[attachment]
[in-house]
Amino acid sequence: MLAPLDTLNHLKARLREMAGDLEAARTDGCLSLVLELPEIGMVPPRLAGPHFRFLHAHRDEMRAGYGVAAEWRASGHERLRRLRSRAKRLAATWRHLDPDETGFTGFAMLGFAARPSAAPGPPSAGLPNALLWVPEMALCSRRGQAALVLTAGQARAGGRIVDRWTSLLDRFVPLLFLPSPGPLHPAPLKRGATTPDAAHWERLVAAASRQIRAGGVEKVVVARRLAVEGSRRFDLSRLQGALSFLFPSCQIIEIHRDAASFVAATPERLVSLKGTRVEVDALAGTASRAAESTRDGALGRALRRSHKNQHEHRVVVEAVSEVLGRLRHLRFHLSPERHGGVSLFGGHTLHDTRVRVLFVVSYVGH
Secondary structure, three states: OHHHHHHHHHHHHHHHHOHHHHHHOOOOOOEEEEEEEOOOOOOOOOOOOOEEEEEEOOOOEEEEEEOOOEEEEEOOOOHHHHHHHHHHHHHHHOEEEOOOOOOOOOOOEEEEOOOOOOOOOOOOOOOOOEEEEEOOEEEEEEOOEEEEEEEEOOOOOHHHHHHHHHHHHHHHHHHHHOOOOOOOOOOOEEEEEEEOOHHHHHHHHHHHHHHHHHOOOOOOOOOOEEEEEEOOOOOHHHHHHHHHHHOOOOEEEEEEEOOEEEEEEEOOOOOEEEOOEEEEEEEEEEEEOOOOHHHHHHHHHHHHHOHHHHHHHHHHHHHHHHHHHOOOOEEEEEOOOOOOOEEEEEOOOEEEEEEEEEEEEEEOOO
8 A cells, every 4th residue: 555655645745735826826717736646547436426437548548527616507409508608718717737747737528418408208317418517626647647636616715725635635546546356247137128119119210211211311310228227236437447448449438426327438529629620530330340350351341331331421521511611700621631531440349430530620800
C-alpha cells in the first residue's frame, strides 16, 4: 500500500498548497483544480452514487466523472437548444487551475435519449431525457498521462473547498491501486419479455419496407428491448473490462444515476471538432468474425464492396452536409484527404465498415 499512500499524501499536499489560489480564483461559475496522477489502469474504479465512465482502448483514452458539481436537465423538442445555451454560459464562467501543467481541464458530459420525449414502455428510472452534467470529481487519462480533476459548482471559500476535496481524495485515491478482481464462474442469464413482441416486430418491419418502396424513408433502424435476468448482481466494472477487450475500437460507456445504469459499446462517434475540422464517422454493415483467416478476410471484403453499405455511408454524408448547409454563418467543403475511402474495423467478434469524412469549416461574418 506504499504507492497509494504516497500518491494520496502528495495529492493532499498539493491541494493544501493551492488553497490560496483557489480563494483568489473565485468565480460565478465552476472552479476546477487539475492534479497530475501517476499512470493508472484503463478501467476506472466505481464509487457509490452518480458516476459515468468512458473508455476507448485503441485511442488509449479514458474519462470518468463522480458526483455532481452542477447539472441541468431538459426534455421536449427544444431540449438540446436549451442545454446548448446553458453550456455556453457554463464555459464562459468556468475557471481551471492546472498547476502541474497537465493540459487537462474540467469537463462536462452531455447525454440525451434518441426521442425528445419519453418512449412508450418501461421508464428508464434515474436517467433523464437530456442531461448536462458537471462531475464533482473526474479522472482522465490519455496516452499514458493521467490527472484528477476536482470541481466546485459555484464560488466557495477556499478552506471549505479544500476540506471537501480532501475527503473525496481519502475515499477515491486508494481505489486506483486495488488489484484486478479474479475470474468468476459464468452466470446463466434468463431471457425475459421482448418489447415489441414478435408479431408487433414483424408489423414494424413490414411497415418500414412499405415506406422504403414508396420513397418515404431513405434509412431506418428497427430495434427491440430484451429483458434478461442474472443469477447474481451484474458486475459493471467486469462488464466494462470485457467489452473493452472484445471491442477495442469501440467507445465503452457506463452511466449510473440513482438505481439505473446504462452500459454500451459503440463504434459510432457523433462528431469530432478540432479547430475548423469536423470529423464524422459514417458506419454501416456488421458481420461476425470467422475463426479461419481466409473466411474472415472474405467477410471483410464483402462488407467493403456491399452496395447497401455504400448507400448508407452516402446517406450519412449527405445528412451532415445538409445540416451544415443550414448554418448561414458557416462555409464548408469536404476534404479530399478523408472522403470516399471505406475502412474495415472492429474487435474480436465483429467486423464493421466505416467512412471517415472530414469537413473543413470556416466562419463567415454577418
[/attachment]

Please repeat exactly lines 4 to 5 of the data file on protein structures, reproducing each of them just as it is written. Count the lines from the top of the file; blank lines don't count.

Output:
8 A cells, every 4th residue: 555655645745735826826717736646547436426437548548527616507409508608718717737747737528418408208317418517626647647636616715725635635546546356247137128119119210211211311310228227236437447448449438426327438529629620530330340350351341331331421521511611700621631531440349430530620800
C-alpha cells in the first residue's frame, strides 16, 4: 500500500498548497483544480452514487466523472437548444487551475435519449431525457498521462473547498491501486419479455419496407428491448473490462444515476471538432468474425464492396452536409484527404465498415 499512500499524501499536499489560489480564483461559475496522477489502469474504479465512465482502448483514452458539481436537465423538442445555451454560459464562467501543467481541464458530459420525449414502455428510472452534467470529481487519462480533476459548482471559500476535496481524495485515491478482481464462474442469464413482441416486430418491419418502396424513408433502424435476468448482481466494472477487450475500437460507456445504469459499446462517434475540422464517422454493415483467416478476410471484403453499405455511408454524408448547409454563418467543403475511402474495423467478434469524412469549416461574418 506504499504507492497509494504516497500518491494520496502528495495529492493532499498539493491541494493544501493551492488553497490560496483557489480563494483568489473565485468565480460565478465552476472552479476546477487539475492534479497530475501517476499512470493508472484503463478501467476506472466505481464509487457509490452518480458516476459515468468512458473508455476507448485503441485511442488509449479514458474519462470518468463522480458526483455532481452542477447539472441541468431538459426534455421536449427544444431540449438540446436549451442545454446548448446553458453550456455556453457554463464555459464562459468556468475557471481551471492546472498547476502541474497537465493540459487537462474540467469537463462536462452531455447525454440525451434518441426521442425528445419519453418512449412508450418501461421508464428508464434515474436517467433523464437530456442531461448536462458537471462531475464533482473526474479522472482522465490519455496516452499514458493521467490527472484528477476536482470541481466546485459555484464560488466557495477556499478552506471549505479544500476540506471537501480532501475527503473525496481519502475515499477515491486508494481505489486506483486495488488489484484486478479474479475470474468468476459464468452466470446463466434468463431471457425475459421482448418489447415489441414478435408479431408487433414483424408489423414494424413490414411497415418500414412499405415506406422504403414508396420513397418515404431513405434509412431506418428497427430495434427491440430484451429483458434478461442474472443469477447474481451484474458486475459493471467486469462488464466494462470485457467489452473493452472484445471491442477495442469501440467507445465503452457506463452511466449510473440513482438505481439505473446504462452500459454500451459503440463504434459510432457523433462528431469530432478540432479547430475548423469536423470529423464524422459514417458506419454501416456488421458481420461476425470467422475463426479461419481466409473466411474472415472474405467477410471483410464483402462488407467493403456491399452496395447497401455504400448507400448508407452516402446517406450519412449527405445528412451532415445538409445540416451544415443550414448554418448561414458557416462555409464548408469536404476534404479530399478523408472522403470516399471505406475502412474495415472492429474487435474480436465483429467486423464493421466505416467512412471517415472530414469537413473543413470556416466562419463567415454577418